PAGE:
2.1.6. Strabismus

    Strabismus is the first indication developed by Alan B. Scott for BT therapy. One randomised controlled trial [15] showed that LAN injections with sodium hyaluronate have identical efficacy as LAN injections alone, but produce less ptosis.

    2.1.7. Bladder Dysfunction

    Table 3 shows three randomised controlled trials on bladder dysfunctons. One of them [16] showed that LAN is more effective in female overactive bladder than oral drugs, and one [17] showed that LAN with a dose of 200 MU including the trigonum and LAN with a dose of 300 MU excluding the trigonum produce identical efficacy and safety.

    Table 3. LAN publications on bladder dysfunctions.
    Authors I D n Methods Results
    Li et al. [16] OB RCT 24 Comparing LAN with a dose of 100 MU and oral drugs. Only females. Target muscle: detrusor excluding trigonum LAN is more effective.
    Fu et al. [17] NI RCT 60 Comparing LAN with a dose of 200 MU including trigone and LAN with a dose of 300 MU excluding trigonum. Follow-up at 4 weeks No difference in efficacy and AE
    Meng et al. [18] NB RCT 35 Comparing a LAN dose of 200 MU with electro-acupuncture and LAN alone. Transperineal application into external urethral sphincter Combined therapy is more effective.
    I, indication; D, design; n, number of patients/controls; RCT, randomised controlled trial; AE, adverse effects; LAN, Lantox®; OB, overactive bladder; NI, neurogenic Incontinence; NB, neurogenic bladder.

    2.1.8. Gastroenterological Indications

    Gastroenterological indications are a collection of mainly experimental indications with achalasia being the most robust one studied. As shown in Table 2, altogether five LAN publications refer to gastroenterological indications. One publication as a primary topic covers gastroparesis, two publications are about achalasia (both as primary topic publications), one publication is about oesophageal strictures (as a primary topic publication) and one publication is about dysphagia (as a primary topic publication).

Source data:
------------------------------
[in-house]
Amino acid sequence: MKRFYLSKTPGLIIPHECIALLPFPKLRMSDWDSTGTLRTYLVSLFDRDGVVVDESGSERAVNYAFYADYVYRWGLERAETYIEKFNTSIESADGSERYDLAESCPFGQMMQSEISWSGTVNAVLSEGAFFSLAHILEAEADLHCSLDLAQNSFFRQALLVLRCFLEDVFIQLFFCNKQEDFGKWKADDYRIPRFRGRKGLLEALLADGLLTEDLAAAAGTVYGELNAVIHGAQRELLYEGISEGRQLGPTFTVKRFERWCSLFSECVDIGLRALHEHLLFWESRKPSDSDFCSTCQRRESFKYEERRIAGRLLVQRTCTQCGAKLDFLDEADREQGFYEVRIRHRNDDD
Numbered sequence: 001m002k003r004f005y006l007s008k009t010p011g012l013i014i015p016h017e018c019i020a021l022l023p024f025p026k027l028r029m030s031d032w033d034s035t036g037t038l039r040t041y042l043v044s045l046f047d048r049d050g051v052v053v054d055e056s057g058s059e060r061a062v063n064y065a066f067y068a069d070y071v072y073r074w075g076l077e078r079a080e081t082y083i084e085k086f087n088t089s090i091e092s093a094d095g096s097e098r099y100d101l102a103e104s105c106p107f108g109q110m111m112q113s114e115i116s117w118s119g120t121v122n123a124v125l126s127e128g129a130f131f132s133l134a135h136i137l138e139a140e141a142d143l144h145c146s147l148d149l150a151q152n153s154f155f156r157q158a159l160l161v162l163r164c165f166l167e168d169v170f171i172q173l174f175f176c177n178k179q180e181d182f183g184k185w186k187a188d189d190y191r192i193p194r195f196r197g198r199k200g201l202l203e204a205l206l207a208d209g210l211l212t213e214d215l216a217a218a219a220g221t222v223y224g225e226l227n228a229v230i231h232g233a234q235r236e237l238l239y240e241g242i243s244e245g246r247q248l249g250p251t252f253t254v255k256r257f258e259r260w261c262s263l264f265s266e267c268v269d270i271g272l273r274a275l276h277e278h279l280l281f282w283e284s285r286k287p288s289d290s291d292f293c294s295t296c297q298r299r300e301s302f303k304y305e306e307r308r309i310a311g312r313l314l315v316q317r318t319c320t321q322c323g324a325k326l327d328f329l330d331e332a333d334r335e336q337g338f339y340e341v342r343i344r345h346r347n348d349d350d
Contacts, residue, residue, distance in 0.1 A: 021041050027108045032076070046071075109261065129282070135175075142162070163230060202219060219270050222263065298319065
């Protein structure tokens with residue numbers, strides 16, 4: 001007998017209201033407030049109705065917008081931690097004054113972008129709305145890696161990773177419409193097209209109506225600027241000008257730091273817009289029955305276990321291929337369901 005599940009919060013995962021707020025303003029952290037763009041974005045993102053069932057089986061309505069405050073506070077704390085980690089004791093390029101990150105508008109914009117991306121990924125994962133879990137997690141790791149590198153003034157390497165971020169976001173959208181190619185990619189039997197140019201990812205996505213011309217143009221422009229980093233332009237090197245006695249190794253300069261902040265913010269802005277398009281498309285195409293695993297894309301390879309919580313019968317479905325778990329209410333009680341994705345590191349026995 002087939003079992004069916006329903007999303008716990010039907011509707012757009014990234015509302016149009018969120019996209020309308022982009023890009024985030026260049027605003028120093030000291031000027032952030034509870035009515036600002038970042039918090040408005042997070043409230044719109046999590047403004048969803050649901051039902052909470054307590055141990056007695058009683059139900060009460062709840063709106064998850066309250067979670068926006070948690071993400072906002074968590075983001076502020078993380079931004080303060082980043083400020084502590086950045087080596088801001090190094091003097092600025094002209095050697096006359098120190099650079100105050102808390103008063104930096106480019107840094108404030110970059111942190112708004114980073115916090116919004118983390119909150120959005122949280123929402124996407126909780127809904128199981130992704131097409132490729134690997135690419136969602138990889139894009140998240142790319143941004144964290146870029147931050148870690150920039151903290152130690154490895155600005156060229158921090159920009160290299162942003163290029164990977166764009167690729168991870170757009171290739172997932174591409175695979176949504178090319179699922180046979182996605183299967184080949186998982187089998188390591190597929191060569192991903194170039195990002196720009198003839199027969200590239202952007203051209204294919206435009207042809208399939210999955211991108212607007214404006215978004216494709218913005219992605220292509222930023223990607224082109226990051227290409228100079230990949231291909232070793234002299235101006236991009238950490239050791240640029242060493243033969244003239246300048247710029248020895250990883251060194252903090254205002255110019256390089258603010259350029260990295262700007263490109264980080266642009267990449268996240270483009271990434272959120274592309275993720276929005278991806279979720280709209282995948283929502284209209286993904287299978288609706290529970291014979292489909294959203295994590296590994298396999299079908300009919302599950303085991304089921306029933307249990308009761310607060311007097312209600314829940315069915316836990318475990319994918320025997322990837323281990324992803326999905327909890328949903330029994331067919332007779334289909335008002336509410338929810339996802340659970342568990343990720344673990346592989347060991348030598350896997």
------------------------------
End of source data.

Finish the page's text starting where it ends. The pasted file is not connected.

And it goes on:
2.2. Glandular Indications

    2.2.1. Hyperhidrosis

    As shown in Table 4, two randomised controlled trials on axillary hyperhidrosisone of them [19] demonstrated that LAN with a dose of 200 MU per axilla has longer efficacy than LAN with a dose of 50 MU per axilla. The other randomised controlled trial [20] suggested that LAN is more effective for mild and moderate axillary hyperhidrosis, whereas surgical gland excision is more effective for severe one.

    Table 4. LAN publications on glandular indications.
    Author I D n Methods Results
    Gao et al. [19] AH RCT 92 Comparing LAN with a dose of 200 MU and LAN with a dose of 50 MU A higher LAN dose has a longer efficacy.
    Xie et al. [20] BH RCT 150 Comparing LAN and surgical gland excision LAN is more effective for mild and moderate BH and less effective for severe BH.
    Peng et al. [21] S RCT 98 Comparing LAN with electrical stimulation and electrical stimulation alone Combination therapy is more effective than electrical stimulation.
    Ding et al. [22] BPH OS 32 LAN with a dose of 200 MU was injected into five points at the lateral and middle lobes of the prostate under the guidance of ultrasound with a balloon dilatational device. All symptoms and indicators are improved and maintained for a period of at least 1 year.
    I, indication; D, design; n, number of patients/subjects; RCT, randomised controlled trials; AE, adverse effects; LAN, Lantox®; AH, axillar hyperhidrosis; S, sialorhea; BH, bromhidrosis; BPH, benign prostatic hyperplasia.

    2.2.2. Sialorrhea